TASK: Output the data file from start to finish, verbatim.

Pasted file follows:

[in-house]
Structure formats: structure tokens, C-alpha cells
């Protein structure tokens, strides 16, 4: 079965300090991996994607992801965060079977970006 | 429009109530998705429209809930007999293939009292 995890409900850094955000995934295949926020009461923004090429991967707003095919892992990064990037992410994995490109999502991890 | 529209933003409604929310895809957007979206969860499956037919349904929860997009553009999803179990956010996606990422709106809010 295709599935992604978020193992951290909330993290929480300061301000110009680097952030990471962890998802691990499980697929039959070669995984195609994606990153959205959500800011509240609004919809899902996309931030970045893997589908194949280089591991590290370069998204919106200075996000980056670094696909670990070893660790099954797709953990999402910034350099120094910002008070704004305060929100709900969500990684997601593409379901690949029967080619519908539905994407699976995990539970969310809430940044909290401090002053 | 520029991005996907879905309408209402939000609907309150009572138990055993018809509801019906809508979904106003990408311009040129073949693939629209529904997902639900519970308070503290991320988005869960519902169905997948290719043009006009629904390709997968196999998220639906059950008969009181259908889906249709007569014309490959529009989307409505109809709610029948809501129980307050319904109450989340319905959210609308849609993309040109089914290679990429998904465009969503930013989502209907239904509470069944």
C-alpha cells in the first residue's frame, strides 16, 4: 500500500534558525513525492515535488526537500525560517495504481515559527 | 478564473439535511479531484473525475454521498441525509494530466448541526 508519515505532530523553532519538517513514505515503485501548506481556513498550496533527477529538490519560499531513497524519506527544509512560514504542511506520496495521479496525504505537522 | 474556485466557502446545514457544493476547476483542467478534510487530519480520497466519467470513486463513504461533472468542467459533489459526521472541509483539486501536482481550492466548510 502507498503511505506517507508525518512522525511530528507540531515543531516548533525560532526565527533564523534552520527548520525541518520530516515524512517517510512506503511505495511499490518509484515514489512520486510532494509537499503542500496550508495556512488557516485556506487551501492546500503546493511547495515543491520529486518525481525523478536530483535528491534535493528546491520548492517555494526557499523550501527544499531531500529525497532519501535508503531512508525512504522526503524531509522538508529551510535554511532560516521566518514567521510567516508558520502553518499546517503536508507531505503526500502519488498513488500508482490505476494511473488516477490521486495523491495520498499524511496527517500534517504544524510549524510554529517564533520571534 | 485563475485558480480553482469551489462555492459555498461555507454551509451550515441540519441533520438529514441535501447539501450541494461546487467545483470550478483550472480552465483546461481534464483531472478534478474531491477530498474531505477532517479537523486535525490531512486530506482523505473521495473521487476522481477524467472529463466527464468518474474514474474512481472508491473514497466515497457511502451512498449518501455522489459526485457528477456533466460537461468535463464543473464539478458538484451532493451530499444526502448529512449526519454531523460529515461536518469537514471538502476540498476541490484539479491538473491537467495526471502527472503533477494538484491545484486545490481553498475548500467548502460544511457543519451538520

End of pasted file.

[in-house]
Structure formats: structure tokens, C-alpha cells
């Protein structure tokens, strides 16, 4: 079965300090991996994607992801965060079977970006 | 429009109530998705429209809930007999293939009292 995890409900850094955000995934295949926020009461923004090429991967707003095919892992990064990037992410994995490109999502991890 | 529209933003409604929310895809957007979206969860499956037919349904929860997009553009999803179990956010996606990422709106809010 295709599935992604978020193992951290909330993290929480300061301000110009680097952030990471962890998802691990499980697929039959070669995984195609994606990153959205959500800011509240609004919809899902996309931030970045893997589908194949280089591991590290370069998204919106200075996000980056670094696909670990070893660790099954797709953990999402910034350099120094910002008070704004305060929100709900969500990684997601593409379901690949029967080619519908539905994407699976995990539970969310809430940044909290401090002053 | 520029991005996907879905309408209402939000609907309150009572138990055993018809509801019906809508979904106003990408311009040129073949693939629209529904997902639900519970308070503290991320988005869960519902169905997948290719043009006009629904390709997968196999998220639906059950008969009181259908889906249709007569014309490959529009989307409505109809709610029948809501129980307050319904109450989340319905959210609308849609993309040109089914290679990429998904465009969503930013989502209907239904509470069944």
C-alpha cells in the first residue's frame, strides 16, 4: 500500500534558525513525492515535488526537500525560517495504481515559527 | 478564473439535511479531484473525475454521498441525509494530466448541526 508519515505532530523553532519538517513514505515503485501548506481556513498550496533527477529538490519560499531513497524519506527544509512560514504542511506520496495521479496525504505537522 | 474556485466557502446545514457544493476547476483542467478534510487530519480520497466519467470513486463513504461533472468542467459533489459526521472541509483539486501536482481550492466548510 502507498503511505506517507508525518512522525511530528507540531515543531516548533525560532526565527533564523534552520527548520525541518520530516515524512517517510512506503511505495511499490518509484515514489512520486510532494509537499503542500496550508495556512488557516485556506487551501492546500503546493511547495515543491520529486518525481525523478536530483535528491534535493528546491520548492517555494526557499523550501527544499531531500529525497532519501535508503531512508525512504522526503524531509522538508529551510535554511532560516521566518514567521510567516508558520502553518499546517503536508507531505503526500502519488498513488500508482490505476494511473488516477490521486495523491495520498499524511496527517500534517504544524510549524510554529517564533520571534 | 485563475485558480480553482469551489462555492459555498461555507454551509451550515441540519441533520438529514441535501447539501450541494461546487467545483470550478483550472480552465483546461481534464483531472478534478474531491477530498474531505477532517479537523486535525490531512486530506482523505473521495473521487476522481477524467472529463466527464468518474474514474474512481472508491473514497466515497457511502451512498449518501455522489459526485457528477456533466460537461468535463464543473464539478458538484451532493451530499444526502448529512449526519454531523460529515461536518469537514471538502476540498476541490484539479491538473491537467495526471502527472503533477494538484491545484486545490481553498475548500467548502460544511457543519451538520